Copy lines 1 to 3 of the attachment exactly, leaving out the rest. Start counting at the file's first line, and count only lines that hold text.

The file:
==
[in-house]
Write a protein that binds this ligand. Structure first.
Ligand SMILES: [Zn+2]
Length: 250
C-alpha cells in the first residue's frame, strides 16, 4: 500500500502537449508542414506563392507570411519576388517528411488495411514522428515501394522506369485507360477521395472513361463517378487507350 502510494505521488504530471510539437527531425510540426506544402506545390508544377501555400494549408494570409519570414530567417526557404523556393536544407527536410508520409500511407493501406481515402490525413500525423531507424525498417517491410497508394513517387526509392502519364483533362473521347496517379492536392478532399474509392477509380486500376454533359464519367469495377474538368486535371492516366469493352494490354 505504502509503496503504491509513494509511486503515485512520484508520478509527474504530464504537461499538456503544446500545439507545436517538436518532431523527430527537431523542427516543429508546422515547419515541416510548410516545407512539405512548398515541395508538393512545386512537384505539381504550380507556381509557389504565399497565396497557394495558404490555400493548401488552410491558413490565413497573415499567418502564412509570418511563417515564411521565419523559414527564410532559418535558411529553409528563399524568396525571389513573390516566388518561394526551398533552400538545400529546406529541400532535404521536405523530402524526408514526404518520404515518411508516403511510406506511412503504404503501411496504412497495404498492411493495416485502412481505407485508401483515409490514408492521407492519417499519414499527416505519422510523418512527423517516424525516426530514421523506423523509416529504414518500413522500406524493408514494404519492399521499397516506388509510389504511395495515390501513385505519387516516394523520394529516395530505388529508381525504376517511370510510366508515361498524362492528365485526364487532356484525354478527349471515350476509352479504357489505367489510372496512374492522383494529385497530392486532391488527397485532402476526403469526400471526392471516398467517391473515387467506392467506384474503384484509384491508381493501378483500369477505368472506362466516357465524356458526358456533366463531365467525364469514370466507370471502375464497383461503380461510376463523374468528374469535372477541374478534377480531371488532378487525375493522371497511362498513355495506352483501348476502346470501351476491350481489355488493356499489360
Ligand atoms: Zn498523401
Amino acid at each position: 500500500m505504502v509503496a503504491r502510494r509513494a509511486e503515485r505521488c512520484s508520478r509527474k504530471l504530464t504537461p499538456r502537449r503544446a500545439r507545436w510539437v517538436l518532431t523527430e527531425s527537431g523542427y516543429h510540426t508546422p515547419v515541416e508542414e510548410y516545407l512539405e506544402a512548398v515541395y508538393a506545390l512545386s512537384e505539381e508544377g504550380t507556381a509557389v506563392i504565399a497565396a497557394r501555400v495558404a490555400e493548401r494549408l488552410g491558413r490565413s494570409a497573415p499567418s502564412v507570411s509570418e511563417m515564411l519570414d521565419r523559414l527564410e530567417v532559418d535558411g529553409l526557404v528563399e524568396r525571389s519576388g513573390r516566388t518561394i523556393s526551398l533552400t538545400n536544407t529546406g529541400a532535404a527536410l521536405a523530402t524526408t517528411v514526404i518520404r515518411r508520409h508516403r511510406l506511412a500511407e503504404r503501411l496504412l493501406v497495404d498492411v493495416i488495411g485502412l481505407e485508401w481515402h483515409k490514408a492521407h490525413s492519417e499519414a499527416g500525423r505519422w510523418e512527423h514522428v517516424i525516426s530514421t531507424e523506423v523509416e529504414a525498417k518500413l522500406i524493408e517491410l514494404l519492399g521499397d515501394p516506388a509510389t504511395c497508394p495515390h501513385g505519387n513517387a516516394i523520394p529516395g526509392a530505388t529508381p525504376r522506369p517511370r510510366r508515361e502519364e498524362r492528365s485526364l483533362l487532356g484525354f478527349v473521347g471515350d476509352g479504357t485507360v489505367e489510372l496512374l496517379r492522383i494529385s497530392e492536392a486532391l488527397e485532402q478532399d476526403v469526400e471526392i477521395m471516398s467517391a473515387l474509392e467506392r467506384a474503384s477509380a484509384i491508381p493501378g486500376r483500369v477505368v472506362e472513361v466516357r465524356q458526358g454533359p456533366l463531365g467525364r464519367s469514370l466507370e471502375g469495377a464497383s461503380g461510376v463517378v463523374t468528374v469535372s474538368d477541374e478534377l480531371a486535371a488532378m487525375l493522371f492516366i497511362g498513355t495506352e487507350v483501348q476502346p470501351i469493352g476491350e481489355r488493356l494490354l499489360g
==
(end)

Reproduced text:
[in-house]
Write a protein that binds this ligand. Structure first.
Ligand SMILES: [Zn+2]